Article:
The Curious Case of the Lady Cops and the Shots that Blew Them Away
T.V. Guide Oct. 8, 1983.
"We had a shot," says the man who crated Cagney & Lacey, "at television history." Maybe they did; the show about two women police officers was the first with two strong female characters working together in a traditionally male arena. The critics loved it, and recently the show and its two stars-Tyne Daly and Sharon Gless-were nominated for Emmys. The ratings this past summer were strong-but these are all just ironies now, because the series poor ratings last season led CBS to cancel it, effective this fall. Executive producer Barney Rosenzweig spent eight years on the project and now he is mourning it. Recently he talked about the rise-and eventually, the fall-of a TV series snuffed out, perhaps before its time. Here is some of what he said:
"I learned the news on May 10, just after 4 P.M. [CBS programming chief] Harvey Shephard called me at my new York office where I was passing the time looking at another producer's pilot. Harvel talked, I listened. The pilot droned on in the background. Shephard told me what a difficult decision this all was. You know how much I love the show,' he said. He didn't feel it could be made any better, not, quite obviously, that it should be given another chance.
"His disappointment in the performance of the show, I had felt for some time, was one he had accepted as a personal affront. Somehow, in some way, despite the acclaim, the reviews, the genuine affection for the show in the Hollywood community, Harvey Shephard had been embarrassed and angered. He was not angry now. He knew ‘we will be working together on other projects, soon.' He was most complimentary.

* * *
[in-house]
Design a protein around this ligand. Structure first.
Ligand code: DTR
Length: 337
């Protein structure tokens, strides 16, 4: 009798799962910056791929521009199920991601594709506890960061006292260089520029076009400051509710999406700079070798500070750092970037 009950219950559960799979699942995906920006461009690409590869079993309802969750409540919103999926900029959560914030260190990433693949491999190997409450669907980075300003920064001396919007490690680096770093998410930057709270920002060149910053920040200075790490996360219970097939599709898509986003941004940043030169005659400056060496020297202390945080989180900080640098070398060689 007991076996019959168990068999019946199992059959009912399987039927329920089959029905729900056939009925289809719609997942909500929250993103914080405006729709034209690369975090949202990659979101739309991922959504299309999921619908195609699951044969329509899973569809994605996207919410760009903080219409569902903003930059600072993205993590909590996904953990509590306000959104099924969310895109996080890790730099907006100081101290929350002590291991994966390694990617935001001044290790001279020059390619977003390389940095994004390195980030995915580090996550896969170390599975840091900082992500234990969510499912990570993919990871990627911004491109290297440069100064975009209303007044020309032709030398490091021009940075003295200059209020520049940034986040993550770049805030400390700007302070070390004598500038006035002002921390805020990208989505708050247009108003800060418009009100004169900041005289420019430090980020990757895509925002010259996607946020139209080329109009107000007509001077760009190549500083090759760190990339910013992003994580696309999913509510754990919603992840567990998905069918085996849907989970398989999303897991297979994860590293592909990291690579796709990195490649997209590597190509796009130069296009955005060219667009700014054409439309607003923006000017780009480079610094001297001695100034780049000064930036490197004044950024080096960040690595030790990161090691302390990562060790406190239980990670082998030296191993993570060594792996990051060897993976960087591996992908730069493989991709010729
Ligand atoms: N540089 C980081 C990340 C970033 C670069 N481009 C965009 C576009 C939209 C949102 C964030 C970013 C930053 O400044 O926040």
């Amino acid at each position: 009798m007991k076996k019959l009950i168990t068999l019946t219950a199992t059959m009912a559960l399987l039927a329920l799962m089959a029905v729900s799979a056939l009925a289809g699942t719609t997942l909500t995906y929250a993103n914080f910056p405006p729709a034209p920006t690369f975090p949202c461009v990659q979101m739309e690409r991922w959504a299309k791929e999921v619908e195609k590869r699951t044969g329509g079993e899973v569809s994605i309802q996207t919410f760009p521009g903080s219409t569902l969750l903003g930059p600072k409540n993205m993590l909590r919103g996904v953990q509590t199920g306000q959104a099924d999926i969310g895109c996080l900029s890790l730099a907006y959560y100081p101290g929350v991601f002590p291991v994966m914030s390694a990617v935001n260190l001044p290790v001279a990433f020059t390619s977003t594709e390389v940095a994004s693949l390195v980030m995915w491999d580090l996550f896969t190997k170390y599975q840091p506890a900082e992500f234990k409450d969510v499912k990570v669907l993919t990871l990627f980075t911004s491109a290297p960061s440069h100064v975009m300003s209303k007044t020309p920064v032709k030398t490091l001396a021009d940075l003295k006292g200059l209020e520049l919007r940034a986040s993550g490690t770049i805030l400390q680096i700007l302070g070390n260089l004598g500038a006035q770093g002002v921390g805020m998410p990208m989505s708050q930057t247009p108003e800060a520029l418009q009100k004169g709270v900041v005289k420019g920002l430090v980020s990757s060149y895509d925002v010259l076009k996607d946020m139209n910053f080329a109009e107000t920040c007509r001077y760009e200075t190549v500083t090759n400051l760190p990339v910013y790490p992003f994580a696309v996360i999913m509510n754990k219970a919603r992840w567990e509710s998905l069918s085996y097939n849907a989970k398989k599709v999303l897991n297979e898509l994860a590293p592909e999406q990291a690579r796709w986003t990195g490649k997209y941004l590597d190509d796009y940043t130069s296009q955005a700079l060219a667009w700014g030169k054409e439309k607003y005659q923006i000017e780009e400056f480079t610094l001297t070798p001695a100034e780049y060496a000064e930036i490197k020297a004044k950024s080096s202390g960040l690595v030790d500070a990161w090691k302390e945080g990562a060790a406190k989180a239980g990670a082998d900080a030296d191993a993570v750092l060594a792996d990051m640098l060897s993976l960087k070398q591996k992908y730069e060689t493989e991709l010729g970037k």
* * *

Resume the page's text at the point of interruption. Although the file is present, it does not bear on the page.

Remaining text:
"I was low-key, telling him I understood, thanking him for the opportunity of making 28 episodes of the show, of which I am quite proud. I turned off the pilot, phoned Richard Rosenblum [the show's producer] and went to my cubbyhole to begin notifying all concerned. The conversations with the cast members were moving, albeit brief. Back at the hotel, I received my first condolences. My God, people already knew! I felt a twinge of pain."
Cagney & Lacey meant a lot to Barney Rosenzweig-more than just commerce. In 1974, after spending time with writer Barbara Corday, a feminist, he had commissioned Corday and her partner Barbara Avedon to write a movie script about two women police officers who were ‘buddies,' like Paul Newman and Robert Redford. Every studio in the town shot the movie down. Rosenzweig ended up marrying Corday.
"Then in 1929, I tried to itch it as a series. I went to every network twice and was unsuccessful at every network.
"So I thought if nothing else, I'll get a television movie made. And I went off to NBC and ABC and got turned own." CBS gave him a go." They called me up and said,'What do you think of Loretta Swit for Cagney?' I said, "Gentlemen, she's perfect. But you're blowing me out of the water, man-the gal's not available to do a series.' And they said, ‘We have a pay-or-play commitment with Loretta Swit. That's who we want. Unless you can come up with a name that's more acceptable to us, that's who you'd better cast.' In the contract, they have the right to do that.' Rosenzweig says that he tried to get Sharon Gless for Cagney, but that she was under contract to Universal, so they cast Swit. Tyne Daly was signed as Lacey.